Our first example of Gob’s good faith is, appropriately, a parody of Sartre’s most famous example of bad faith. When Gob becomes a waiter in “S.O.B.s” he does so in good faith. At first, he is not mistaking himself for a waiter—he is play-acting, in an ironic way, at being a waiter. He’s making a joke. Because of the distance that he acknowledges between himself and the role of “waiter,” it’s obvious that Gob took on the mannerisms freely. He didn’t initially deny his freedom in playing this role. It’s only later, when Gob starts believing that he really is a waiter that he acts in bad faith. When he flirts with his wealthy customers and gets angry with Lindsay for messing up the dinner, Gob has slipped back into bad faith.

Such is the temptation and danger of roles. They lead us very easily to identify ourselves with them and deny that we have chosen to occupy them. There is one role, however, that Gob occupies often, but that rarely leads him to bad faith. This is the role of the bum or the mooch. Many bums and mooches like to make excuses for their status, thereby denying the element of choice that led them to be bums. Gob, to his credit, does not. He is quite honest with himself at least, about why he’s a bum: he doesn’t like to work. Again, in “S.O.B.s,” the whole point of Gob’s little joke is the laughable idea that Gob should get a job. One may not respect the lifestyle, but there’s something to be said for the honesty. That honesty is limited however. Gob’s choice to be a bum often leads to dishonesty toward others, as when he seduces his father’s secretary, Kitty, so that Michael will keep supporting him (“Visiting Ours”), or any of the many times he lies to Michael.

The most common and poignant temptation that leads Gob to bad faith is his need for acceptance and approval. This may be the case for most of us, but it is especially true for Gob. His mother is distant, his father is disappointed, his siblings don’t take him seriously—you get the idea. But occasionally it is Gob’s striving for acceptance that leads to good faith—mainly when that striving fails and Gob realizes he is unloved for a reason. It sounds cruel, but there is a reason Gob remains unloved: he’s a narcissistic boob. As he tells Buster, “I’m the pathetic one, Buster, not you. I totally freaked out in front of that prosecutor today. Like a little girl. In a little dress. Little saddle shoes. Little pigtails” (“Sad Sack”). Realizing that he’s chosen to be a narcissistic boob is Gob’s ultimate act of good faith.

So, should we strive to live in good faith? That’s too general. Some of us surely should. But should Gob? Look at what he gets from good faith: bad faith, deceiving others, and soul-crushing revelations. That doesn’t sound like a great deal.

The Wisdom of Bad Faith

The intuition we have about the wrongness of bad faith is actually, according to Sartre, based on a faulty ontology. We believe that people shouldn’t have to pretend, shouldn’t have to deny who they truly are. People should accept themselves as they are and be happy with that. The trouble is that, according to Sartre, who we “truly are” is nothing more than freedom. For Gob to be who he truly is at each moment means nothing more than to choose at each moment. One moment he may choose good faith, and accept that each of his actions and all of their outcomes are the result of his choices, and the next moment he may choose bad faith, and believe that his actions are dictated by the role he plays or the social position he occupies. So, why choose one over the other?

We often choose one thing over the other because one will make us happier than the other. This explains a number of the choices we make, from chocolate instead of vanilla to going to college instead of going to jail. It may also point us in the right direction for Gob. When is Gob happiest? If we’re honest, we’ll have to say that he seems happiest when he’s living in bad faith. It’s easy to see why: Playing a role provides a degree of security and reassurance. For someone as fundamentally directionless as Gob, good faith must be a paralyzing experience. Gob has been called many things, most of them unflattering, but never responsible. Good faith must be a nightmare for Gob. Bad faith, on the other hand, is a fluffy down comforter. It keeps Gob safe and warm. It’s debatable whether the happiness involved in bad faith is genuine happiness, but the fact is that it seems to satisfy Gob.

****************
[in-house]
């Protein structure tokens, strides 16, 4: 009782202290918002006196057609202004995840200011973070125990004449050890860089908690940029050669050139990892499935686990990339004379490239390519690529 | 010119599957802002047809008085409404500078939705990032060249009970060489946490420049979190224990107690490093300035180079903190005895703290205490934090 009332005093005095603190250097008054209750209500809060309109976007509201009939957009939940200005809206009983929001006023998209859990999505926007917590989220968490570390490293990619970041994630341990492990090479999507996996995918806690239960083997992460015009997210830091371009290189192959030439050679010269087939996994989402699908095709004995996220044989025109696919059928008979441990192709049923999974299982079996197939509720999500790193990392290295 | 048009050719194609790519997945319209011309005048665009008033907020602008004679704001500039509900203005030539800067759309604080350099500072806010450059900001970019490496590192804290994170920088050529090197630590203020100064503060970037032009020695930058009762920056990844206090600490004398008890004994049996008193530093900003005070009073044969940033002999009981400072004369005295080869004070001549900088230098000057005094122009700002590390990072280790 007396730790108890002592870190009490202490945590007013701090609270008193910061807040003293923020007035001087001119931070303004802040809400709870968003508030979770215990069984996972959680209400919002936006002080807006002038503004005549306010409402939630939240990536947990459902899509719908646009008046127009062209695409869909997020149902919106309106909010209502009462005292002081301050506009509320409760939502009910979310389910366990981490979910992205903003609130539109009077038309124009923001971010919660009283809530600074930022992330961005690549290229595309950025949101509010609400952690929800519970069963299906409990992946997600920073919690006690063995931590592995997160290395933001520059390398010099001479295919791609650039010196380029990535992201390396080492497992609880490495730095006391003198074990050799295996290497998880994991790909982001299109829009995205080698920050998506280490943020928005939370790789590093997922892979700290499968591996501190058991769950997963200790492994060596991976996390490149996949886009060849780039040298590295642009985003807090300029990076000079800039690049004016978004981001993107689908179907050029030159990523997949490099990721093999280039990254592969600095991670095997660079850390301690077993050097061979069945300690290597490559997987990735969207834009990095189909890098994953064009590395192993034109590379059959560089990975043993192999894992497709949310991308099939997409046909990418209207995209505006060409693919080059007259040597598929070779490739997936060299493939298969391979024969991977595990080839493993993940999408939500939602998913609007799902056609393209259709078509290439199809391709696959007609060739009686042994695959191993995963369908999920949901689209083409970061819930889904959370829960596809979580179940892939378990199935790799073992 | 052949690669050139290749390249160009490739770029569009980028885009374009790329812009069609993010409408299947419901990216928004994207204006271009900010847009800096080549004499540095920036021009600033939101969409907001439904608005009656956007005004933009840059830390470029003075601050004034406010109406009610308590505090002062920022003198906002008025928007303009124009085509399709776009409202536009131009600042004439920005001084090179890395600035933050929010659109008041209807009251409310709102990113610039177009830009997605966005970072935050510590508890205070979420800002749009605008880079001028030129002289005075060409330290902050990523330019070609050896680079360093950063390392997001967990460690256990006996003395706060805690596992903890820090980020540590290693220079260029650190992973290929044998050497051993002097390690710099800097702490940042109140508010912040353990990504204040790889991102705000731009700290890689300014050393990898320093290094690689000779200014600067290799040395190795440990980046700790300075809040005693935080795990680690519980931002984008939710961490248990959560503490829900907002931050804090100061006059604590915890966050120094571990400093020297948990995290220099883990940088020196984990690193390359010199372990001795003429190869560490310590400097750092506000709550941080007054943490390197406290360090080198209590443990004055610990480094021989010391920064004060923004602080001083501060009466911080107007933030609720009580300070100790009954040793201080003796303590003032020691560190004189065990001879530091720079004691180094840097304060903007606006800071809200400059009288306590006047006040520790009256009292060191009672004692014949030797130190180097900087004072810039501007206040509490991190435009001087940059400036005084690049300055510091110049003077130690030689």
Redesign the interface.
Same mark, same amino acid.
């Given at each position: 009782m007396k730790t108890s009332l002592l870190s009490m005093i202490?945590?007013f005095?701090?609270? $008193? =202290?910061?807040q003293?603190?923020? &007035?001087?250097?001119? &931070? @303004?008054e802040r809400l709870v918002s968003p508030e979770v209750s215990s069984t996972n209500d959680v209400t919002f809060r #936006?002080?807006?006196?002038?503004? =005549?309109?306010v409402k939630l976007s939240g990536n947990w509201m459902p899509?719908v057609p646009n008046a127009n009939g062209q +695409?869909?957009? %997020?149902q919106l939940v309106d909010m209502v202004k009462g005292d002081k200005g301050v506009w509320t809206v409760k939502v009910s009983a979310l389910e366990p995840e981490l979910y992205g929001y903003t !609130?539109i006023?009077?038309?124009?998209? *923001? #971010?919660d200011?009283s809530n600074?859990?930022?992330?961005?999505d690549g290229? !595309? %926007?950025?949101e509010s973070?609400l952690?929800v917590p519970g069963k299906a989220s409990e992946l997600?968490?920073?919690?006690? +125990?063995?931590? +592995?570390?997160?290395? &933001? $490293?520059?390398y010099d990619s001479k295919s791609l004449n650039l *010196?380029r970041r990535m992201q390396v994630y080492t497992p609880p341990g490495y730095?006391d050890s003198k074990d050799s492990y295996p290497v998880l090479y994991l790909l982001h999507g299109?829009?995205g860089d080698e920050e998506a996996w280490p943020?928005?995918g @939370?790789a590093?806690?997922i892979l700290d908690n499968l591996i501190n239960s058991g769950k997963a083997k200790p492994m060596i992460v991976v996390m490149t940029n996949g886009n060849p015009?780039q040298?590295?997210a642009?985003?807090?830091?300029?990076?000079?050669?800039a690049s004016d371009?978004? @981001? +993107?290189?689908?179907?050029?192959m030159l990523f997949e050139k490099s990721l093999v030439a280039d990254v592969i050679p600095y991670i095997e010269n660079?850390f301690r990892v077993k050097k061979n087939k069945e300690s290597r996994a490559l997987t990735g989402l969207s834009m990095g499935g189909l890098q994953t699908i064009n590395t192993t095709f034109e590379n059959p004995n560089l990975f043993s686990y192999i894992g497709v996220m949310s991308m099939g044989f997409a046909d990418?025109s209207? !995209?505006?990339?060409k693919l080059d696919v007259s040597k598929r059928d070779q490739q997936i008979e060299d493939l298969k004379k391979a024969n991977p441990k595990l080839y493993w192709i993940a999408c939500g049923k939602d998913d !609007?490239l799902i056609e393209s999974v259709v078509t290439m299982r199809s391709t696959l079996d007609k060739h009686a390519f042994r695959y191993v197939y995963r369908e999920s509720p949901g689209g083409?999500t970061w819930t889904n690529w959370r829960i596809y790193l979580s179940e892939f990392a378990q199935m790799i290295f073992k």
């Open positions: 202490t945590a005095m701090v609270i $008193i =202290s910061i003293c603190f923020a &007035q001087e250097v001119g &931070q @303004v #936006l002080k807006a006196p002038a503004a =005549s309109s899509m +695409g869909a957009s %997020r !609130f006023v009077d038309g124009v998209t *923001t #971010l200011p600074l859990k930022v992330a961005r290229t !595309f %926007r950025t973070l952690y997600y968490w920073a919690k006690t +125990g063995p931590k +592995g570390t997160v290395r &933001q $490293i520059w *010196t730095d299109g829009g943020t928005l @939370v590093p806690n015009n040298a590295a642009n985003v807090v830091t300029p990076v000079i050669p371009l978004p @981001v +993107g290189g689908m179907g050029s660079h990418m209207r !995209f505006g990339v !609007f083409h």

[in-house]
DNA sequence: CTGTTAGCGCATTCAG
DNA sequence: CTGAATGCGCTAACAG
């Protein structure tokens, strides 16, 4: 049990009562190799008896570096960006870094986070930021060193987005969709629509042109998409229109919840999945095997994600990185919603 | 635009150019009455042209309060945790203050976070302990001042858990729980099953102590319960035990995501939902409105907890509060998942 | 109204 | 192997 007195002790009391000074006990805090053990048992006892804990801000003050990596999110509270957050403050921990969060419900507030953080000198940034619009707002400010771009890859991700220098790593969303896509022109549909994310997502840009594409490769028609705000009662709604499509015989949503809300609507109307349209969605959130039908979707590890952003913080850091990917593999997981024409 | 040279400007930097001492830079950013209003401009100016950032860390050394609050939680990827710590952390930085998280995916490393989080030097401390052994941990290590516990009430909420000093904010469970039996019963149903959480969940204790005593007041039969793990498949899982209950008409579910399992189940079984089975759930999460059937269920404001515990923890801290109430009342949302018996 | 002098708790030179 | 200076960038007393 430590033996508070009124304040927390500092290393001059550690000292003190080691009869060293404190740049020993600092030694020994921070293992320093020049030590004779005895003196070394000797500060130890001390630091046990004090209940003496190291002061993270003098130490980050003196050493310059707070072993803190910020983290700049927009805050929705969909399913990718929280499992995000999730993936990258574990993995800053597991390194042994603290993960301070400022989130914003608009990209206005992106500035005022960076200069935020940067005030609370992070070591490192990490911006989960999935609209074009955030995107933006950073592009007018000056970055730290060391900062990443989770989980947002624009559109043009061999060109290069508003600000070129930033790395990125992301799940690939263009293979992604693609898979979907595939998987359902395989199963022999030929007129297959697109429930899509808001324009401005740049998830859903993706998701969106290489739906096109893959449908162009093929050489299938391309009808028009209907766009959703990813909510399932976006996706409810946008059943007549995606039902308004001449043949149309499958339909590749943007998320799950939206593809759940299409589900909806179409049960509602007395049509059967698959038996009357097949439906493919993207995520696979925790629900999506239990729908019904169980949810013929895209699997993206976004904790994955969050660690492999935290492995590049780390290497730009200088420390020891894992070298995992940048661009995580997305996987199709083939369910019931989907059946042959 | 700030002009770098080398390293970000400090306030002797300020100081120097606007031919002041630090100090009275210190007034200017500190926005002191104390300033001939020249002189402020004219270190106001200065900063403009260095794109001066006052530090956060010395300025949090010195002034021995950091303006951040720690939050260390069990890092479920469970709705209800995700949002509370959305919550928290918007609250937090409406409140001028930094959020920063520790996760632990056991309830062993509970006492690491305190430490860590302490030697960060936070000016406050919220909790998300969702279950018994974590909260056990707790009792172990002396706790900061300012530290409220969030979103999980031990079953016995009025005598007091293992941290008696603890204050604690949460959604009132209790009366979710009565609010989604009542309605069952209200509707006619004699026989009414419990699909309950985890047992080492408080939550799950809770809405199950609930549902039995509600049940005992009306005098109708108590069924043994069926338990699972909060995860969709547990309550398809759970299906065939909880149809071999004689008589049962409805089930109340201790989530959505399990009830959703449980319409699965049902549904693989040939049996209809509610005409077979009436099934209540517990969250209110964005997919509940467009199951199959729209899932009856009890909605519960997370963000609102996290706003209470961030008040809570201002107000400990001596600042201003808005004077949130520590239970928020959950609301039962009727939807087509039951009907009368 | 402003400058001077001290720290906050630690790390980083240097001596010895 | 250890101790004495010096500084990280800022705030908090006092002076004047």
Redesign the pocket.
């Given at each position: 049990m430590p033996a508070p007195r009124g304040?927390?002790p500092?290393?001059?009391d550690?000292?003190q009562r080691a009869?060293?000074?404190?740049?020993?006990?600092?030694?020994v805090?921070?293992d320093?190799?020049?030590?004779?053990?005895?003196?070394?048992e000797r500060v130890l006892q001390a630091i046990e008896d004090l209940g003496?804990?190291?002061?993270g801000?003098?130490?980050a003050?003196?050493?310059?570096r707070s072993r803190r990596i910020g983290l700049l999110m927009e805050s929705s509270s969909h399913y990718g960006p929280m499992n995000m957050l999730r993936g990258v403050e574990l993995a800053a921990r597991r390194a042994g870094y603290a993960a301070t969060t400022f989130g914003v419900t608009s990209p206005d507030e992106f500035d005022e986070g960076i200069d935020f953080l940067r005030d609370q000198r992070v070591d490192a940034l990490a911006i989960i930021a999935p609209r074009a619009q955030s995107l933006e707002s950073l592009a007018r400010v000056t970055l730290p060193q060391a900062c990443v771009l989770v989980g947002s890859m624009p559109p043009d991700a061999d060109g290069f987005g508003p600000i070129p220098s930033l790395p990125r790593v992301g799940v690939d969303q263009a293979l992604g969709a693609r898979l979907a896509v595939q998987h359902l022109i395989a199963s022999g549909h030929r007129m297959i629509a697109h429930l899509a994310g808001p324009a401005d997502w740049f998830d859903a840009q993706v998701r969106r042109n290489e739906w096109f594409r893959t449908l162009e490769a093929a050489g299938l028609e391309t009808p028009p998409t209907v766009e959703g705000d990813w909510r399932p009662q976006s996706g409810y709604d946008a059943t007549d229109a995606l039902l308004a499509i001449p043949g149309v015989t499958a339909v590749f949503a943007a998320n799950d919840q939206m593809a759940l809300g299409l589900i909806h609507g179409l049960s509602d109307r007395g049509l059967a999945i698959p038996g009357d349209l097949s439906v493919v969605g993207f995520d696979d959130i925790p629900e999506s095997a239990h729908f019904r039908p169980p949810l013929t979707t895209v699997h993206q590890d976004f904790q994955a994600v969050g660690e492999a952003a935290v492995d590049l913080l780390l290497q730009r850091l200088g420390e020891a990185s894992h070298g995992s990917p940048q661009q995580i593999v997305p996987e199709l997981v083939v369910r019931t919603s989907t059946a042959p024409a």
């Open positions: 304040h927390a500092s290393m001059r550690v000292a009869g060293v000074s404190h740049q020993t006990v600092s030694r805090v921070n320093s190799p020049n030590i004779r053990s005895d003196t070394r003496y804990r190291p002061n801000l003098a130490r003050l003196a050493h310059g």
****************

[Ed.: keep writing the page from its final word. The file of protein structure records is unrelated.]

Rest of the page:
Sometimes, though, we forgo our own happiness in favor of the happiness of others. Admittedly, Gob rarely does this (in his defense, though, nor do any of the other Bluths except for Michael and George Michael). Nonetheless, his actions do make other people happy or unhappy, even if he doesn’t intend them to. So, when are the people in Gob’s life happy? When Gob lives in bad faith, Steve Holt (!) gets a good father, Michael gets a caring brother, Buster gets a protector, and the whole world gets a clown. This shouldn’t be surprising. After all, what most often leads Gob into bad faith is his desire for approval, so it’s only natural that he is more likable when he plays a role. When he lives in good faith, on the other hand, Gob tends to be a selfish mooch and a loser. He brings people down.

If what I’ve said so far is true, that Gob and the people around him are all better off when he lives in bad faith, why shouldn’t he just go ahead and live in bad faith? For Sartre, he’s denying his freedom. I have two responses to Sartre. First, so what? What’s so important about embracing radical freedom, especially if it makes Gob miserable? Second, isn’t it possible to freely choose bad faith?

Socrates advised us to know ourselves, because the unexamined life is not worth living. Gob shows us the danger of knowing ourselves and examining our lives. Gob is the sage of bad faith. He has shown us the way. Reject authenticity! Embrace a role or two! Twenty! As many as you want! As many as you can! That way lies security and happiness; the other way, insecurity and madness!.


Date: 2013-08-15 08:27 am (UTC)
From: [personal profile] daisiestdaisy
This is great, thanks for sharing!

This in particular is a really interesting catch, especially coupled with how much GOB dwells on that 'little girl' description later: Convinced by Michael that any man would be lucky to have Marta, Gob acts as “any man” should.